CANTERRA_First EscapeKORINNA: The reactions were very good, both in the press and live. Since then we have been on tour with the ‘First Escape’ songs, especially in Germany, and have played many, many great concerts. A big highlight was definitely the tour with Lacrimosa, which started this journey. We are very grateful to Tilo for making this start possible. The reactions of the fans on the tour really overwhelmed us and gave us a lot of energy to take the next step. But also the following gigs with Xandria, Beyond The Black, Crematory or Lord Of The Lost and Letzte Instanz were a blast. We are extremely happy to have played at festivals like Wacken, Baltic or Hexentanz for the first time. And that’s exactly why we make music, we have to get on stage to bring the songs to life together with the fans. There is nothing worse than having written the most beautiful song and then it wastes away in the drawer. Playing live, especially at festivals, is like jumping into water, you never know exactly what will happen, it’s always a little adventure and that’s what life is like, that’s how music has to happen. The songs live themselves out a little differently at every gig. And we would like to repeat that with ‘Heartmachine’. In the last years we have worked a lot on ourselves and the production process and wrote songs. A new production only made sense for us if we could create a development at that point, and that took some time.

Let’s talk about your new album, ‘Heartmachine’. You had to postpone the release date from April 12th to August 7th 2020, because of the Coronavirus pandemic. In what way did that hinder your plans that you had no doubt already made by then?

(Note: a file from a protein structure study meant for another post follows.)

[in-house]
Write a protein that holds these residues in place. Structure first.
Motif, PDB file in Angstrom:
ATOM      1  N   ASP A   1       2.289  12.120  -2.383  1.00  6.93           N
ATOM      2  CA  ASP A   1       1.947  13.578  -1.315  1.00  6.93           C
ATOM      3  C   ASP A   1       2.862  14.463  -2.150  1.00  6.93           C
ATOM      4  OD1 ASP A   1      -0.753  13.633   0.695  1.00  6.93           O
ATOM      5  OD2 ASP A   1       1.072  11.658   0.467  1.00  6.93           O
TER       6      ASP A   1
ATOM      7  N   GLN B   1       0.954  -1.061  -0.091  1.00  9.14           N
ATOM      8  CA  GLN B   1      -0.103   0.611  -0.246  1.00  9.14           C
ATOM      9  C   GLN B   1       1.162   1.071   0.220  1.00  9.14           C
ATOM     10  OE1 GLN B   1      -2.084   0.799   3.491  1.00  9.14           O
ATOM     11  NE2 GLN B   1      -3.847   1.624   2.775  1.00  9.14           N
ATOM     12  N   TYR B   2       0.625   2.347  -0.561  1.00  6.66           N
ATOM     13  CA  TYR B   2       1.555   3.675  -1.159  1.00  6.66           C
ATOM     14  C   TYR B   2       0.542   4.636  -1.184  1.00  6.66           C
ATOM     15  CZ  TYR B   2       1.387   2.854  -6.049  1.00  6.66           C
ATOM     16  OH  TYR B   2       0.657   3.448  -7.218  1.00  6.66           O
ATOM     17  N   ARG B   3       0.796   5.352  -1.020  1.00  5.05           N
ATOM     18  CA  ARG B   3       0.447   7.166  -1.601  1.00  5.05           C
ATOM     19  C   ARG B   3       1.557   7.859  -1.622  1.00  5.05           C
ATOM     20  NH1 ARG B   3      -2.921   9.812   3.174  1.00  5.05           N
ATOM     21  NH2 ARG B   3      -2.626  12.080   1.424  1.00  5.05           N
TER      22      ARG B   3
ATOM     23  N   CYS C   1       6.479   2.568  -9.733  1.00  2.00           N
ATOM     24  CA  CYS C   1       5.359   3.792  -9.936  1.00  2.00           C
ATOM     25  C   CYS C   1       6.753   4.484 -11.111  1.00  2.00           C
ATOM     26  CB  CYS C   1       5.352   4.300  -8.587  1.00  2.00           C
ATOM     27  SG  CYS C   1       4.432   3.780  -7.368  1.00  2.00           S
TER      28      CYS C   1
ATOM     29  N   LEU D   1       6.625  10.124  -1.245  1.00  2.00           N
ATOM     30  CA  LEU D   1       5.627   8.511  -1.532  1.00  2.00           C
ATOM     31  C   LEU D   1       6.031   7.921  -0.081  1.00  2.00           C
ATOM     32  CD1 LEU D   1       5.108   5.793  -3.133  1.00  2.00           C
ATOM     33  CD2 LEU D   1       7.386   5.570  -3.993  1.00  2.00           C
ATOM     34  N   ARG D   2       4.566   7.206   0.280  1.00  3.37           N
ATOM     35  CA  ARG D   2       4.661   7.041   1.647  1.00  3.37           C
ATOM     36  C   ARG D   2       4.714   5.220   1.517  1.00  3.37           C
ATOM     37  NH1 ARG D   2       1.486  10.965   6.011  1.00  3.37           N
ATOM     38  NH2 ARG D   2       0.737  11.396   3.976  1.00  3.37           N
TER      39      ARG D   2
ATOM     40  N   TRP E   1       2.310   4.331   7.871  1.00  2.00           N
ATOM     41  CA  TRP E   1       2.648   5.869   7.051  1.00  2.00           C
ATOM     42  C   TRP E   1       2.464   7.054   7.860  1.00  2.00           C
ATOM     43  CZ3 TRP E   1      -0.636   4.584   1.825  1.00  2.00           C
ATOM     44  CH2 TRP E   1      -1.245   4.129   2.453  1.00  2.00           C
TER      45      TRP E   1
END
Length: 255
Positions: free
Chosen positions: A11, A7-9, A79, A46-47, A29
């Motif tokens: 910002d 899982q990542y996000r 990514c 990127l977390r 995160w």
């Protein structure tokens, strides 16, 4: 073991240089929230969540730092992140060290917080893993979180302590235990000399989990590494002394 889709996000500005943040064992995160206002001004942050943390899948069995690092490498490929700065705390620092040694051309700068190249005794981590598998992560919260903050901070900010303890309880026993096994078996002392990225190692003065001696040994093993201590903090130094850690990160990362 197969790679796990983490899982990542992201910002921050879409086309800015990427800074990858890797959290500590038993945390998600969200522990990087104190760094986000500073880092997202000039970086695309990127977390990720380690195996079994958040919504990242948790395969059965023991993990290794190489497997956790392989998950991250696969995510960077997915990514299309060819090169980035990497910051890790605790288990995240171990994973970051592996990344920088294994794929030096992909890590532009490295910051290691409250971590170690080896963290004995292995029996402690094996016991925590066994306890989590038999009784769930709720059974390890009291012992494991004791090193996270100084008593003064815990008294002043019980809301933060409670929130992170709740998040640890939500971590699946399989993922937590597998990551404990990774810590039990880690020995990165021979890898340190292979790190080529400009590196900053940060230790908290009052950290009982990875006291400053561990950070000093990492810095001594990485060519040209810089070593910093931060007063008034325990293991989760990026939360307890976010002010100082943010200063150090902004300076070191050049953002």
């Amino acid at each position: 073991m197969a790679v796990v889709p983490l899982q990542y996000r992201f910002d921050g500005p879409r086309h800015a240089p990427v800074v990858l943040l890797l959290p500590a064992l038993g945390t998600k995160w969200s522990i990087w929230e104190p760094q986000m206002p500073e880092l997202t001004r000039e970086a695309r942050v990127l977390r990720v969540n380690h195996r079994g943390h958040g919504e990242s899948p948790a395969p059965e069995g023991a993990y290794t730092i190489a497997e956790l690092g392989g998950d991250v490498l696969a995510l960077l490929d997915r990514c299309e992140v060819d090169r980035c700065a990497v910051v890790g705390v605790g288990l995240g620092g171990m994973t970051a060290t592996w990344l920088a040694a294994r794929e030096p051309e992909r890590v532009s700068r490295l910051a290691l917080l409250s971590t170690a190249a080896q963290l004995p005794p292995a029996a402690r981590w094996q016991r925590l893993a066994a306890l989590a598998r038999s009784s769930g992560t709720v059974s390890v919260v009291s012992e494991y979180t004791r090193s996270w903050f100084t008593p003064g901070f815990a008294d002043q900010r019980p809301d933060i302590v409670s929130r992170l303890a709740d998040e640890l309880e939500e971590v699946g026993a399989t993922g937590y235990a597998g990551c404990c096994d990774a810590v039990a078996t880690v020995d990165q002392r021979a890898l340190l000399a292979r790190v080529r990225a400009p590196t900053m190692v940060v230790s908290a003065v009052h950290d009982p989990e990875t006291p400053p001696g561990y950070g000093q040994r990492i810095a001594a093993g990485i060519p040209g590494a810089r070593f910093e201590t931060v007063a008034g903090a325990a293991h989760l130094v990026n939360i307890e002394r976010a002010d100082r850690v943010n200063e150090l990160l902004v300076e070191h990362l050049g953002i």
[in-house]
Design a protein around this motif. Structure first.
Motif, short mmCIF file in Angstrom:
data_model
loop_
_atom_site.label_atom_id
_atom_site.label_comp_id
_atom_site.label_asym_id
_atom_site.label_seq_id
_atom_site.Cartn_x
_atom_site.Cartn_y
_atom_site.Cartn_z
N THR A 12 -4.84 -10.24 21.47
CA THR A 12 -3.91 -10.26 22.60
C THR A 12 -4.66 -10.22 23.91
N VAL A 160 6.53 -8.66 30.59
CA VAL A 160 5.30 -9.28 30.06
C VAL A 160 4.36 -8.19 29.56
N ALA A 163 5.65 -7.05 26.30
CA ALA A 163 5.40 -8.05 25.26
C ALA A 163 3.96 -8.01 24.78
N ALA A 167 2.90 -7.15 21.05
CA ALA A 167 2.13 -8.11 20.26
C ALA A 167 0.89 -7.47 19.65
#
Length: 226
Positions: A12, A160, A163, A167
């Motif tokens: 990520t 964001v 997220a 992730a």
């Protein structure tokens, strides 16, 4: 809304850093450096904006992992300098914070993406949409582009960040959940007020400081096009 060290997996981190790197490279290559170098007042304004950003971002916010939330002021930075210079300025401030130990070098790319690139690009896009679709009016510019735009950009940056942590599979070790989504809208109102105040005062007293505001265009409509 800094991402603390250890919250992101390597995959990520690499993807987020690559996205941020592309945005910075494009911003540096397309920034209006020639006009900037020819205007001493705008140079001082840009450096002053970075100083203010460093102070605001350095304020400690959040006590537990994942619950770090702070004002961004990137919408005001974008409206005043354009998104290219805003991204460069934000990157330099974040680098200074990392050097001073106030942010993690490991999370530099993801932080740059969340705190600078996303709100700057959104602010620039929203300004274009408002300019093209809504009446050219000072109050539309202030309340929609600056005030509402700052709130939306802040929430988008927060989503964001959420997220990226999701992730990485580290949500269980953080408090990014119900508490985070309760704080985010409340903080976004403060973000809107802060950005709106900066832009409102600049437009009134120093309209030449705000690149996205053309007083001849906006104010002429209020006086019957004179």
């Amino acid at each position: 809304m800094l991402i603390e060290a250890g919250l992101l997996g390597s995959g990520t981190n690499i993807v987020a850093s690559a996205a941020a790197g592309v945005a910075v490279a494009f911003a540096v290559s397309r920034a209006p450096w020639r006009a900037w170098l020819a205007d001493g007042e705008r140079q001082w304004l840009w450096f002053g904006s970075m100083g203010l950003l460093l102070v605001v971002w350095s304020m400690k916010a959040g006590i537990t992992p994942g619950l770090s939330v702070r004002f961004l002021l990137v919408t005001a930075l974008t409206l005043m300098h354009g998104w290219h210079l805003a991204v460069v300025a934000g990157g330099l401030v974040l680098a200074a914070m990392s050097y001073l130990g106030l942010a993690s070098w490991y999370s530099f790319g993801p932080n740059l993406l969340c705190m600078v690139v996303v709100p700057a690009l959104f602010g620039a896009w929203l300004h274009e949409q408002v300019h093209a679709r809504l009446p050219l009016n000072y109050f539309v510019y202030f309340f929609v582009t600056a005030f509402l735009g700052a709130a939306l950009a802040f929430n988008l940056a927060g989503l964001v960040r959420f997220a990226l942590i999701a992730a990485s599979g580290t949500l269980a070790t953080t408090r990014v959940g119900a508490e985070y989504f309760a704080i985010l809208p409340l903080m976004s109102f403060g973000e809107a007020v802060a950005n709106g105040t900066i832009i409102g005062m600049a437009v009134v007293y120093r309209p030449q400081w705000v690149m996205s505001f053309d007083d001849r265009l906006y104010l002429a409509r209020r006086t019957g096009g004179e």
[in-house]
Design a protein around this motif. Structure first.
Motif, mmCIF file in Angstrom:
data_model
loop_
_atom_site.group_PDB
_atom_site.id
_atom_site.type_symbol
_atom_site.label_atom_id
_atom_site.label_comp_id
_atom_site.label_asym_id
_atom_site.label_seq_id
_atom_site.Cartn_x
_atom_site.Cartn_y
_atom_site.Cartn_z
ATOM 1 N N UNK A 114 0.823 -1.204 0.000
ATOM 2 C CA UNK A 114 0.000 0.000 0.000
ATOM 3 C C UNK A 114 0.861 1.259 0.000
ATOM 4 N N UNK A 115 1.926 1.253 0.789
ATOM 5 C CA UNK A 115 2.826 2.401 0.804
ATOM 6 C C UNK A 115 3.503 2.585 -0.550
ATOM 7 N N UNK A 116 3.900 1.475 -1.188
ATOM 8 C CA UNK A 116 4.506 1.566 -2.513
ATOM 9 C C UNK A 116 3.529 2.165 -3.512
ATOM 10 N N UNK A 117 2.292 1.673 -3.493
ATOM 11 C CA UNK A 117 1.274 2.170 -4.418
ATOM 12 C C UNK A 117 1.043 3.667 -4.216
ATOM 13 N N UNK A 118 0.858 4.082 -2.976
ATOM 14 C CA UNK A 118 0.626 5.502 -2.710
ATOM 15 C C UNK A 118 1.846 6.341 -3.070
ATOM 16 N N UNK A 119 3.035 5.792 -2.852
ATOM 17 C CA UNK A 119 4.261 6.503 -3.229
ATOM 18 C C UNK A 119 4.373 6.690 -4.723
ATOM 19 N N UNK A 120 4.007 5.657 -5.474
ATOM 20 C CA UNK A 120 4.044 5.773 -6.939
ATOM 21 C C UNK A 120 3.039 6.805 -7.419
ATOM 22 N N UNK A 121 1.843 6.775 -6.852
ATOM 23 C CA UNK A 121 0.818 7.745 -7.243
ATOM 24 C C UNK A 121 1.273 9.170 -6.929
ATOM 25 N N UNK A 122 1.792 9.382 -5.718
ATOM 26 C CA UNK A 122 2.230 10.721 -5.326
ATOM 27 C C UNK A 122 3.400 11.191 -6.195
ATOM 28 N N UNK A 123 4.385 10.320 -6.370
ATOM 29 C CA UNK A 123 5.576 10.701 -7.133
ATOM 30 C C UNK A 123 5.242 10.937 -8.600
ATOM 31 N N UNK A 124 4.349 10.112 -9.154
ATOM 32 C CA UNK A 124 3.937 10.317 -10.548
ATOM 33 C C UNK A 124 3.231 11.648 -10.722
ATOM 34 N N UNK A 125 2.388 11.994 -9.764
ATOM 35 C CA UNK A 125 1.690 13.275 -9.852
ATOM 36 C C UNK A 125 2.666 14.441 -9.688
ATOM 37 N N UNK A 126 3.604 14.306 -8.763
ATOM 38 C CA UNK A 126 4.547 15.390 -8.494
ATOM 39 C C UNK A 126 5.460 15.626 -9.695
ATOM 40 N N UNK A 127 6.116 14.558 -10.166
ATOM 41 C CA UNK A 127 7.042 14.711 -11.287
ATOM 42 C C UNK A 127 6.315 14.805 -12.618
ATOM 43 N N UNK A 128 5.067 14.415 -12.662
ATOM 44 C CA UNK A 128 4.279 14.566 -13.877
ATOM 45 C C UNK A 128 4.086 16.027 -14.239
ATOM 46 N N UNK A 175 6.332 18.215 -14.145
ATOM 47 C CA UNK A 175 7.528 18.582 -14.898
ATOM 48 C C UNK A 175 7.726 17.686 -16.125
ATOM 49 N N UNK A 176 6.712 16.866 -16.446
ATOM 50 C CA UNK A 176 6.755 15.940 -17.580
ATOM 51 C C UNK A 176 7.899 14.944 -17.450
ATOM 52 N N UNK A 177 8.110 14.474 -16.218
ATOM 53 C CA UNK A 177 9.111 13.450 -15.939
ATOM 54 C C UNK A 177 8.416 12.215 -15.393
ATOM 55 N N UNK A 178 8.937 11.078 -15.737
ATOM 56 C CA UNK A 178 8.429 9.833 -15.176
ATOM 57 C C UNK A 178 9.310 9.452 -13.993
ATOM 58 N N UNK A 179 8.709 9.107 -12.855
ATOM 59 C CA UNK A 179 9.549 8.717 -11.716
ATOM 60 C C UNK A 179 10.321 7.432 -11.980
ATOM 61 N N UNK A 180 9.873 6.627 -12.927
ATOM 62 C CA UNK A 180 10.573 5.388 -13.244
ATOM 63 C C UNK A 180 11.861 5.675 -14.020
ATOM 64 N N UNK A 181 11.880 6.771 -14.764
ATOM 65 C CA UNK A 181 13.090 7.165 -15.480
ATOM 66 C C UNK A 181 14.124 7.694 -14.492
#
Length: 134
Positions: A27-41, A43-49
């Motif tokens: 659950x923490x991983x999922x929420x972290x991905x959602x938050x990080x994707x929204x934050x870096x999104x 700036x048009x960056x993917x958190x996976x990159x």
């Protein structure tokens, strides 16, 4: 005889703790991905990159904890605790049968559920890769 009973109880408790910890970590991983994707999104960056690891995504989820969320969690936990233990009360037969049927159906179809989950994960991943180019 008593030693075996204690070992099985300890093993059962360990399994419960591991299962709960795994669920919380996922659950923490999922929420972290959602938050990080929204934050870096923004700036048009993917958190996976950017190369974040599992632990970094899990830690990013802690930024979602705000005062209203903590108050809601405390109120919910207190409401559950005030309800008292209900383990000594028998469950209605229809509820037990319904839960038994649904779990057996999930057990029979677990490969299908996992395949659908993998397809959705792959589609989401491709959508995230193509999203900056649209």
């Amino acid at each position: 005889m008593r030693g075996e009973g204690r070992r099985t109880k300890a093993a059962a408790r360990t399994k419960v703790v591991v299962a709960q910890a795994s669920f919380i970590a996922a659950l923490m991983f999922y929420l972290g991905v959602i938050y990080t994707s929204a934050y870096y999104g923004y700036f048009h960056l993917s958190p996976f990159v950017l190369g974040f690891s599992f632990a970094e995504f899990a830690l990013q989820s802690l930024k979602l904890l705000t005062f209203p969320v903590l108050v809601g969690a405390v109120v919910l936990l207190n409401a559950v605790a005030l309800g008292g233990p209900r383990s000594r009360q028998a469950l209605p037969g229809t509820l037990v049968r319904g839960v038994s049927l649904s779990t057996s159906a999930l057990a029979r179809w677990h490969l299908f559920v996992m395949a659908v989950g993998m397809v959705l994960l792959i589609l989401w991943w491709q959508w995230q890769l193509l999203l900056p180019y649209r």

KORINNA: The Corona Pandemic came at the worst possible time for us. Everything was prepared and organized, the release of the album, the tour. It was the exact time when we hit the peak of the infection in Europe. A kind of precision landing. Several years of work were destroyed in a few days. That was also a heavy blow psychologically. Financially, we were just able to prevent the worst from happening. However, there are so many incalculable things that go down the drain, that’s really bad. But the health of all of us comes first, that’s clear. Now we try to sort ourselves out and hope to celebrate ‘Heartmachine’ live in 2021.

The title ‘Heartmachine’ suggests that it is a concept album. Is there a ‘red line’ between the 8 songs on the album or are they all solitary tracks?

CANTERRA_HeartmachineKORINNA: It’s not a concept album in the sense that we thought about what the songs should be about and then went to work. They are all songs in their own right from the beginning. In the moment the song ‘Heartmachine’ became a coherent picture, it was clear that ‘Heartmachine’ is not only an unusual and live extremely stirring song, but also a great album title. It was clear very quickly that the record’s name simply MUST be ‘Heartmachine’. And suddenly we realized how the individual plot lines of the songs came together to form a great whole. The lyrics mainly come from my pen and I not only noticed it here, but nearly every time: after finishing songs in a creative phase, I realize that they often belong together unintentionally. If you write or sing about the things that occupy you at the moment, that is actually obvious. When the songs were finished, we noticed two very clear binding elements, which we then transferred to the artwork. On the one hand, there is the matter of the human self-destruction through the poisoning of our environment and the man-made climate change and on the other hand the tackling of things, becoming active and living and working in your own dreams. If you sit around and grumble, but don’t do anything yourself, nothing is going to happen and I don’t think you have the right to grumble if you are not willing to help changing things. The ‘Heartmachine’ can be a kind of mirror inside you, which finally tears down the walls to your soul, wipes away the unimportant and pulsates. Live in the now and do not let live. So there is definitely a connecting element, but an unintended one.